Early prenatal test raises ethical questions

Prenatal testing has turned into an unlikely campaign issue. Presidential candidate Rick Santorum said this week that some tests,

Santorum stands by prenatal screening opposition

"CBS This Morning" took a look at a new test that reveals birth abnormalities at a much earlier stage. The test is sure to give many more pregnant women and their families a lot to think about.

Recent advancements in genetics have helped doctors develop a safer test for Down syndrome than amniocentesis, an invasive procedure that can identify many genetic disorders but can also result in miscarriage.

The new test, called the MaterniT21, can be administered at just 10 weeks and is nearly 100 percent accurate. The test works by analyzing the mother's blood and counts fragments from the fetus's DNA to identify the presence of an extra chromosome, which can signify Down syndrome.

According to Dr. Brian Skotoko, a medical geneticist at Children's Hospital Boston, this is the beginning of a new era of prenatal screening.

"There is no risk to the fetus - a simple blood drop from your arm. This new test raises a provocative question of how much do we test for and do we as a society draw the line?" Skotoko told CBS News.

Expectant parents are routinely offered prenatal testing for various genetic disorders -- not just Down syndrome. The tests may lead to more difficult decisions for many parents.

Melanie McLaughlin, a mother who decided to go through with her pregnancy following a test that indicated her baby would have Downs syndrome, said of the latest test, "If it's not for Down syndrome what is it for? Is it for homosexuality? Is it for breast cancer? Is it for Alzheimer's? Is it for, you know, autism? Because you're going to need to ask those questions, because they're coming."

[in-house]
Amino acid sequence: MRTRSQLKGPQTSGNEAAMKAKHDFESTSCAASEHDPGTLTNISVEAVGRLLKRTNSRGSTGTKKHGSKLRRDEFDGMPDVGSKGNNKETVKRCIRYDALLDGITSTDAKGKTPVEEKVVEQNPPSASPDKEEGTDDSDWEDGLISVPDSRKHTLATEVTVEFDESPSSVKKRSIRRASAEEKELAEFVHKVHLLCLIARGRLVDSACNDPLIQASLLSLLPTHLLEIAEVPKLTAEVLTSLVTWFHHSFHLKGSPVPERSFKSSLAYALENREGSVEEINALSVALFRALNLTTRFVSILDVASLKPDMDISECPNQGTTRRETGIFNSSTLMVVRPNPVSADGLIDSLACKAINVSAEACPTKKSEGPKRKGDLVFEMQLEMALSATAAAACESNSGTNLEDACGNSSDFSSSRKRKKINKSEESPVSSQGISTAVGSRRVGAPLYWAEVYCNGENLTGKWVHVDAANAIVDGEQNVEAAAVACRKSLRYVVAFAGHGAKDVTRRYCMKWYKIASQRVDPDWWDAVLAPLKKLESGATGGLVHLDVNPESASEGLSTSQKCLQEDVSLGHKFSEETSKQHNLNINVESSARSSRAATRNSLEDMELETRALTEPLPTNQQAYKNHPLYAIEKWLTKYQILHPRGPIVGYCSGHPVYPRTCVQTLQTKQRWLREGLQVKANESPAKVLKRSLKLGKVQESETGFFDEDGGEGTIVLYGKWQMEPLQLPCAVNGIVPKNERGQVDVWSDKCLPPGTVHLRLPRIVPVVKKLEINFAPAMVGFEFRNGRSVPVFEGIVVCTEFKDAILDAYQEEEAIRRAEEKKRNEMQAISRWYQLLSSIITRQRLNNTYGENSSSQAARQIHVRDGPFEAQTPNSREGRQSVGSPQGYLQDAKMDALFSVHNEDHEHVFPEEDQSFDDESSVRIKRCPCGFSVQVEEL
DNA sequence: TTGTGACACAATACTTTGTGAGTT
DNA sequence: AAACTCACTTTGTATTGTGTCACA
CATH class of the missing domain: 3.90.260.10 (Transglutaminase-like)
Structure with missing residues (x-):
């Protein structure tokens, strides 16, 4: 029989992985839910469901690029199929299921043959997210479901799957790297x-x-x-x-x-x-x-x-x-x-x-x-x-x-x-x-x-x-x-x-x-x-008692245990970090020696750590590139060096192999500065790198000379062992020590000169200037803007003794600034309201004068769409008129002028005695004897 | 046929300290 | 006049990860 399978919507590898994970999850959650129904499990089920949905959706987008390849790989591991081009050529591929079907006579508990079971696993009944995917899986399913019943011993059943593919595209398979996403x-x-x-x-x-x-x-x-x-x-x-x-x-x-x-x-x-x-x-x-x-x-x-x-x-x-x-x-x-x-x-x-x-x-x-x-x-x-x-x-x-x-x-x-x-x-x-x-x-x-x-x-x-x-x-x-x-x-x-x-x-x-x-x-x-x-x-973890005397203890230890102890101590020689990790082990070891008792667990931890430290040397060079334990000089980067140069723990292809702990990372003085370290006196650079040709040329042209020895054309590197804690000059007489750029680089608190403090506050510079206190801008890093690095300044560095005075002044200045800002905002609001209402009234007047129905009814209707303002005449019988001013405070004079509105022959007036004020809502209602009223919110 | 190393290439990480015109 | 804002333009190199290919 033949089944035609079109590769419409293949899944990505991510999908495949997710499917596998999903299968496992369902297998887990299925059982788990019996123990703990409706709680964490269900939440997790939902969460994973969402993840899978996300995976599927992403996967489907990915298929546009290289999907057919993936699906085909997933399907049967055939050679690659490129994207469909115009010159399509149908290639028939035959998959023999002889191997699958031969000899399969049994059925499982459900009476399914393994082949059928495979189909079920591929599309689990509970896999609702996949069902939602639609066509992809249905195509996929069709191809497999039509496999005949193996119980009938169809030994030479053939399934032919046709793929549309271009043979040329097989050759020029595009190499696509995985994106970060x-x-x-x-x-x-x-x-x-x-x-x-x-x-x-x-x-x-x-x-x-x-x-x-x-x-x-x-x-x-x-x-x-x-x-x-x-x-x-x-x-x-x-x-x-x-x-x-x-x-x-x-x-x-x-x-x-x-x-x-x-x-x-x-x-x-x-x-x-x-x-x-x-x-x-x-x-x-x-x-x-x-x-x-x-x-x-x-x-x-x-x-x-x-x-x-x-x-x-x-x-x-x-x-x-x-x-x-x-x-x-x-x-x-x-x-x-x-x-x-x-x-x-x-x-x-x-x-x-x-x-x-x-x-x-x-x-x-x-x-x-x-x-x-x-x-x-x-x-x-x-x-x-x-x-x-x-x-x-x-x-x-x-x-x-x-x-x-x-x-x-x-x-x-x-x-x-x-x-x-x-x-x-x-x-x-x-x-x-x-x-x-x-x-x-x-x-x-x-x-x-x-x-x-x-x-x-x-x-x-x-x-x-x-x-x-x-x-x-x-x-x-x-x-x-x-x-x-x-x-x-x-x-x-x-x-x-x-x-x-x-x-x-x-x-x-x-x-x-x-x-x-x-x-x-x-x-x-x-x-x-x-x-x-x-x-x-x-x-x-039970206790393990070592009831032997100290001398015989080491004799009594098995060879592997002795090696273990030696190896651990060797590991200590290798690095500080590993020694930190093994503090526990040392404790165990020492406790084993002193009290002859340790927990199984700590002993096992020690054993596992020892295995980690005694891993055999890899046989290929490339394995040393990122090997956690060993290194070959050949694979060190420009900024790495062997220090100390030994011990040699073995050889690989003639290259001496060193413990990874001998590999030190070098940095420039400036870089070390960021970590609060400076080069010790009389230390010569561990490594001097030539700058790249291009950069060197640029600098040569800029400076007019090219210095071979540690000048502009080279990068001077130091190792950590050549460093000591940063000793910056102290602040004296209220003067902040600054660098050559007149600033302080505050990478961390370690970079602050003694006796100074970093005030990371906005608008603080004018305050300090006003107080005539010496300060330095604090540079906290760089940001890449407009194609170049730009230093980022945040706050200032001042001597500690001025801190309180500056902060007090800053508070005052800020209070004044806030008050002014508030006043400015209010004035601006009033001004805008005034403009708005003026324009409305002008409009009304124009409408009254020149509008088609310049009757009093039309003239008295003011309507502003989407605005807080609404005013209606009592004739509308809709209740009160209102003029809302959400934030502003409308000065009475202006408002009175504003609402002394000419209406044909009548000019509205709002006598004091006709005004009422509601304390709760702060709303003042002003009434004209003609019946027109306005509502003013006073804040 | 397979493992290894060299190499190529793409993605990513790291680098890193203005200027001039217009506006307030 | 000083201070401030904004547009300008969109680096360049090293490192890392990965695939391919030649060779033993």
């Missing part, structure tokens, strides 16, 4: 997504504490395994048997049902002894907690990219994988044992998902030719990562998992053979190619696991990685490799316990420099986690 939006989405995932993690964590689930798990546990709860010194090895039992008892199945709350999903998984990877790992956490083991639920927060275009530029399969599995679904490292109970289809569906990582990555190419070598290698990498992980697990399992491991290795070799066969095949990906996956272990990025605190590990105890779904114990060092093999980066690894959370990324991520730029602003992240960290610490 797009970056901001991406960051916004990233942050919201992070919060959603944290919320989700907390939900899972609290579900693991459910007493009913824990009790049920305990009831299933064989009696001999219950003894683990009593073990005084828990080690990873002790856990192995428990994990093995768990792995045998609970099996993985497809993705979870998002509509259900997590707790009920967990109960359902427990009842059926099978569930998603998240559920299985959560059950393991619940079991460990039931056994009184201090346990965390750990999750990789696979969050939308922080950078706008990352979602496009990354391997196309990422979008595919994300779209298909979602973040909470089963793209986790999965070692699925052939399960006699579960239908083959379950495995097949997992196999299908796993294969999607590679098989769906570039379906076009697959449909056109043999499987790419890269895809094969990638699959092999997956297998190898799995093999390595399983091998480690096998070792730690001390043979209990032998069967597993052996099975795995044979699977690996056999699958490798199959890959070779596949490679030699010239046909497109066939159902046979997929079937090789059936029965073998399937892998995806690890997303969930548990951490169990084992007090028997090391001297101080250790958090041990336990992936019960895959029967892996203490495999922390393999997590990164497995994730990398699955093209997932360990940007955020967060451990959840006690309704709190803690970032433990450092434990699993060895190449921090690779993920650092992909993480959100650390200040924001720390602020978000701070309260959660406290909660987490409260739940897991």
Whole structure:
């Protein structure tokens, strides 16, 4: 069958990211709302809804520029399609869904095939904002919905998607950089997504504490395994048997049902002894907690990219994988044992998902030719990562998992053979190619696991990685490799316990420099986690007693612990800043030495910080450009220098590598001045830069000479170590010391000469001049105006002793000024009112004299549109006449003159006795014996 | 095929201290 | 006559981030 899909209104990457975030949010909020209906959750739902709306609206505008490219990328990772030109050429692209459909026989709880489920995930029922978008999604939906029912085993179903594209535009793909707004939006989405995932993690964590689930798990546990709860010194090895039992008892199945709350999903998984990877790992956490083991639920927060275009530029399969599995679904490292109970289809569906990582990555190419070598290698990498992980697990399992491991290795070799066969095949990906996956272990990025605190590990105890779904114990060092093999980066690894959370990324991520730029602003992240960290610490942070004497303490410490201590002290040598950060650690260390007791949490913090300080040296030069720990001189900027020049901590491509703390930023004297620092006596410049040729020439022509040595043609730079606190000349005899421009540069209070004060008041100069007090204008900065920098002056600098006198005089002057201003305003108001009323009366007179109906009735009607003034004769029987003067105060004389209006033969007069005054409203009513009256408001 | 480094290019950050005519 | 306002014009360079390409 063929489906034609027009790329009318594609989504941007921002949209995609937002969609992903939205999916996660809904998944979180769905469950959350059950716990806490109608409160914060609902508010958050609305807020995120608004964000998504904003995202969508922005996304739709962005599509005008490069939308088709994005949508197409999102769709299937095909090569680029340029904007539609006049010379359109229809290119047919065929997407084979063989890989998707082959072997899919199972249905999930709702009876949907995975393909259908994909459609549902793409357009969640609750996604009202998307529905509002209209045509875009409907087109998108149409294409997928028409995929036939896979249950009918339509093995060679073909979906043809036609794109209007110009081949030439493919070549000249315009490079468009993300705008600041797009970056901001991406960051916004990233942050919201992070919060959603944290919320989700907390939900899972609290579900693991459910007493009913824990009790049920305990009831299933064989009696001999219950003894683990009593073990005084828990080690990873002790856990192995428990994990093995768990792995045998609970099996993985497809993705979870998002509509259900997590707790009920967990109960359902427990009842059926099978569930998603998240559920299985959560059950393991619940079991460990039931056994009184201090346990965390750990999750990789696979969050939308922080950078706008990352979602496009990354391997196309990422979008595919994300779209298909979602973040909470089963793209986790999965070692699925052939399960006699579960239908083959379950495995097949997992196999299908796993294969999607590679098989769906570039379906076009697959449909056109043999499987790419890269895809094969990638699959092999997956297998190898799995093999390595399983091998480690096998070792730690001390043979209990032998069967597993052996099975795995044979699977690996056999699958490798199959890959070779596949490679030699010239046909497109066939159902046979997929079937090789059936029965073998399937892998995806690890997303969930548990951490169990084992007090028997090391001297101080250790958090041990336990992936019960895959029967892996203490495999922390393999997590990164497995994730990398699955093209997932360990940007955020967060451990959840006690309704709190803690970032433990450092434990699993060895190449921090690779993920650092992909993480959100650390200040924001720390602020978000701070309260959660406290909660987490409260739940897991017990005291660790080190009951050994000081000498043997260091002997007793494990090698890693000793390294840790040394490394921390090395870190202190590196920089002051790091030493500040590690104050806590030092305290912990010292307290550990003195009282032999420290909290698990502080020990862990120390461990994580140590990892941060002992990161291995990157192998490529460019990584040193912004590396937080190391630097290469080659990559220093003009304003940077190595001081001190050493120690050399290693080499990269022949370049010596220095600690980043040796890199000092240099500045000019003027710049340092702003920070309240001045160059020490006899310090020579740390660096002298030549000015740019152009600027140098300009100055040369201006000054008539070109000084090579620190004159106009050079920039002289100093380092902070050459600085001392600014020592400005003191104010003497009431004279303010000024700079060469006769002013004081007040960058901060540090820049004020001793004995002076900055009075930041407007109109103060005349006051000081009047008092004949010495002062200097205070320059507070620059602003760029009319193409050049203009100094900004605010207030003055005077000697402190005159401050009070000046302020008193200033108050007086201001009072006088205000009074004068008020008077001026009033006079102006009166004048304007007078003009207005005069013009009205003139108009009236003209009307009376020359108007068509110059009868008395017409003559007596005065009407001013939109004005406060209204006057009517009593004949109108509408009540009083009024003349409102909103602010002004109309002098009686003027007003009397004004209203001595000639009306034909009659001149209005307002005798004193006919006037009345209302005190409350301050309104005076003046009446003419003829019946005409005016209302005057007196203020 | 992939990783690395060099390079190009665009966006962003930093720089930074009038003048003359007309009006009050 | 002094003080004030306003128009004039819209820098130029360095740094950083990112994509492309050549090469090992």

For more on the prenatal test, watch the video in the player above.

The earlier testing means mothers are going to be challenged with a decision earlier in their pregnancies, Dr. Paul Root Wolpe, director of the Center for Ethics at Emory University, said on "CBS This Morning."

"If they do choose to terminate the pregnancy, it will be a less complicated procedure," Wolpe said. "... More and more women are going to be facing tough decisions as this test and similar tests are developed."

Research from the U.K. suggests that for most women -- more than 90 percent studied -- would have an abortion if she knew she were having a baby with Down syndrome.

"Do you think this could lead to a world without Down Syndrome kids," Gayle King asked.

Wolpe said it's unlikely. In the U.S., that statistic on women aborting over Down syndrome may be lower.

"Some women will not get the test, other women choose...not to abort even though they have the information," Wolpe said. "... I don't think that we're going to end up, at least in the foreseeable future, in a world without kids with Down syndrome, and many parents, I think actually take the path (of not aborting) and end up very glad they did."

For more with Wolpe on prenatal testing and the ethical questions about them, check out the video in the player above.

  • Erica Hill

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